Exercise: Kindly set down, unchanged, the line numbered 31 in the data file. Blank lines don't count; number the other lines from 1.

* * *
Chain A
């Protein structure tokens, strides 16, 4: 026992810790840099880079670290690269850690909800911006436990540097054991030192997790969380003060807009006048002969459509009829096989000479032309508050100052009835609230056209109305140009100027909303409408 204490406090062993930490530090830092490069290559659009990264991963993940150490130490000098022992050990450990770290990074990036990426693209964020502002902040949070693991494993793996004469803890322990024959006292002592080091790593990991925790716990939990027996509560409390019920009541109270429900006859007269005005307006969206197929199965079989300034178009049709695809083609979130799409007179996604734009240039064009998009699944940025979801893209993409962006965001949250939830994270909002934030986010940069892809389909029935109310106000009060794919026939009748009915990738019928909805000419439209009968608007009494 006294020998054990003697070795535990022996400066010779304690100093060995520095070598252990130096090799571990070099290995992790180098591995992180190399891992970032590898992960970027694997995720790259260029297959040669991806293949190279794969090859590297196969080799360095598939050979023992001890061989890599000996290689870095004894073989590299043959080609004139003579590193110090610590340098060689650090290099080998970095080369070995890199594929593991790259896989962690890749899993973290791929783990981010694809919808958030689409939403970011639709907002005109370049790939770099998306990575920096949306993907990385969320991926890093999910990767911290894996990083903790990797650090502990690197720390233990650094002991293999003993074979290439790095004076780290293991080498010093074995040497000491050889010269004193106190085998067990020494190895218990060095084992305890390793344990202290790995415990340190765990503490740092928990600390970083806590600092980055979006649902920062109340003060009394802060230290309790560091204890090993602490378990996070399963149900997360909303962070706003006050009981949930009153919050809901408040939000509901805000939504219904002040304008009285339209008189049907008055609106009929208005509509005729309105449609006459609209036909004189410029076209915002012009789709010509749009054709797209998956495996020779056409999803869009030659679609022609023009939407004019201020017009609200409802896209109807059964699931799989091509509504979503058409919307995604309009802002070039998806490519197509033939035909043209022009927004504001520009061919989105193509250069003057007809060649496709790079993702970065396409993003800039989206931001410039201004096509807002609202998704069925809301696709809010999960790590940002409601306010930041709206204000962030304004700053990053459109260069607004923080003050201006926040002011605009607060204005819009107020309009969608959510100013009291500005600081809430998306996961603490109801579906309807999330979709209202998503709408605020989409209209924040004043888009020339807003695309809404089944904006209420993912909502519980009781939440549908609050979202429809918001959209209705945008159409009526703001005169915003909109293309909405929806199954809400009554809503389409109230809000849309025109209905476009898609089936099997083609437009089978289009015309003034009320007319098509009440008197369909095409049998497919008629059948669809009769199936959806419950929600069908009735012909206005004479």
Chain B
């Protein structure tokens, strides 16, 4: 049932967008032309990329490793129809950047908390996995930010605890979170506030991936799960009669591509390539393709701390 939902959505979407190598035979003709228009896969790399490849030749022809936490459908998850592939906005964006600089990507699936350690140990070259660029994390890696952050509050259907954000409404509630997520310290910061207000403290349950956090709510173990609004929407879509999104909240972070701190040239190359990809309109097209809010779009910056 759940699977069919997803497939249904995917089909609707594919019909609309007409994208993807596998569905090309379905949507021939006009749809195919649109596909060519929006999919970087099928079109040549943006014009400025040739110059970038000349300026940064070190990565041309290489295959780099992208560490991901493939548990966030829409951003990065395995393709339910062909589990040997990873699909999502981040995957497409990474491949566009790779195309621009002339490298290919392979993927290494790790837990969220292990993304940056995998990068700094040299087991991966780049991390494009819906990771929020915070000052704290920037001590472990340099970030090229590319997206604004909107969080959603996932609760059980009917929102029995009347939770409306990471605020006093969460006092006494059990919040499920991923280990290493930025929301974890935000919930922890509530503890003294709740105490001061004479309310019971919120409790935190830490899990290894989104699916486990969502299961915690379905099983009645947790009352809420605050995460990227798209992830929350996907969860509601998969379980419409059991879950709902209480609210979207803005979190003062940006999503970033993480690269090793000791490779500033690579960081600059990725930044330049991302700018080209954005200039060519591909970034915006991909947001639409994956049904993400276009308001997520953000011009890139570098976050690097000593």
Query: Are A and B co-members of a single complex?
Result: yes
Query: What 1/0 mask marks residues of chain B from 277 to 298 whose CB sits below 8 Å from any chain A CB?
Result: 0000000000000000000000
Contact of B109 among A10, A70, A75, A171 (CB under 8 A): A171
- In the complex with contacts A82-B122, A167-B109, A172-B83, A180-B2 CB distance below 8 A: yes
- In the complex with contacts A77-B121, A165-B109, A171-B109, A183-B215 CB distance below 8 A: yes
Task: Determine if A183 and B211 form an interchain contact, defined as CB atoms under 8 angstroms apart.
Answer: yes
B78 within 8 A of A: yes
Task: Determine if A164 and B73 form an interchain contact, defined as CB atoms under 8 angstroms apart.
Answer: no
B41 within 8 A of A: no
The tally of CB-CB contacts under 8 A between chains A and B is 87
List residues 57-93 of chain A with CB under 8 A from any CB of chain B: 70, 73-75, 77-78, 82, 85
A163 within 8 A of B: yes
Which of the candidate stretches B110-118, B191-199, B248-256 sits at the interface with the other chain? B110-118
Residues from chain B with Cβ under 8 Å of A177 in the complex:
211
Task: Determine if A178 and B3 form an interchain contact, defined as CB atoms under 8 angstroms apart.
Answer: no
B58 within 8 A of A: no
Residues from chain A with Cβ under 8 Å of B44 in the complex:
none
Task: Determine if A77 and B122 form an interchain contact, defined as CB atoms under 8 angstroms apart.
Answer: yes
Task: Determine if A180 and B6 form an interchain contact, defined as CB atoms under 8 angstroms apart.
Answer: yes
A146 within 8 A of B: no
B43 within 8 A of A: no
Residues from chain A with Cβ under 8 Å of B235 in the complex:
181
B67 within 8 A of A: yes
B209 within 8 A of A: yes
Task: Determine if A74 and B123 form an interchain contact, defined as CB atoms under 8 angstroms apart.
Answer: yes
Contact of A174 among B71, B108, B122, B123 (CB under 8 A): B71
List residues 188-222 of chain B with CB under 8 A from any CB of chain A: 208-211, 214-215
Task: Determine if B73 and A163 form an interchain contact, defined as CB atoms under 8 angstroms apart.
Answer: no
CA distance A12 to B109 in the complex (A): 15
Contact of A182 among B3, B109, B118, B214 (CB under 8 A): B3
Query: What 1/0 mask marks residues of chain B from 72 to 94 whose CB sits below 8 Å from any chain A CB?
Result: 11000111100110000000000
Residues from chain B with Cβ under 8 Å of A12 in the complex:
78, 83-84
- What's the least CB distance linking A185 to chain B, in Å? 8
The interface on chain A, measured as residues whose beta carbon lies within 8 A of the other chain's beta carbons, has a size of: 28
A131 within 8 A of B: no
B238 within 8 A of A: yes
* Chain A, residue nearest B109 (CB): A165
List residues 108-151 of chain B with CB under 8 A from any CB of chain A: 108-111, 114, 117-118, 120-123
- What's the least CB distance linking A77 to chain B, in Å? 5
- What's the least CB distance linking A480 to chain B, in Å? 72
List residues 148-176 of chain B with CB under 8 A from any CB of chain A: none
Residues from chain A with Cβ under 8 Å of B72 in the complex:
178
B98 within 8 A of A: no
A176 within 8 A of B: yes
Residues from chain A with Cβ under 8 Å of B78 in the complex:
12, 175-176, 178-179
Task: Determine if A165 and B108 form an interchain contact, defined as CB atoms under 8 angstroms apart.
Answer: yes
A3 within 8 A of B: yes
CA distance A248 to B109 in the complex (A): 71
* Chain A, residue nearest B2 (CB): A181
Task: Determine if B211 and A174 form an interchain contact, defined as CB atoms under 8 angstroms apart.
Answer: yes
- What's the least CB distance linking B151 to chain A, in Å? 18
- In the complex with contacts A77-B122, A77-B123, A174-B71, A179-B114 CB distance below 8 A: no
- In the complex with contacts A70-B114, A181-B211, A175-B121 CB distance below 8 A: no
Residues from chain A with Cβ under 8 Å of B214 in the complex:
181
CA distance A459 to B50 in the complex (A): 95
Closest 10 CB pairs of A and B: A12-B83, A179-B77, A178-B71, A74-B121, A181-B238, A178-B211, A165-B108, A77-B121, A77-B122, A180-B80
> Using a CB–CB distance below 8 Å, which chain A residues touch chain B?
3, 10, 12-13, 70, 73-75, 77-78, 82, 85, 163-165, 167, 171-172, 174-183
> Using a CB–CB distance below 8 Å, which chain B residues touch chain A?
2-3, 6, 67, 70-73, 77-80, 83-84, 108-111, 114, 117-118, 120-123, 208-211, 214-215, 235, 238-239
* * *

Task: Determine if A180 and B6 form an interchain contact, defined as CB atoms under 8 angstroms apart.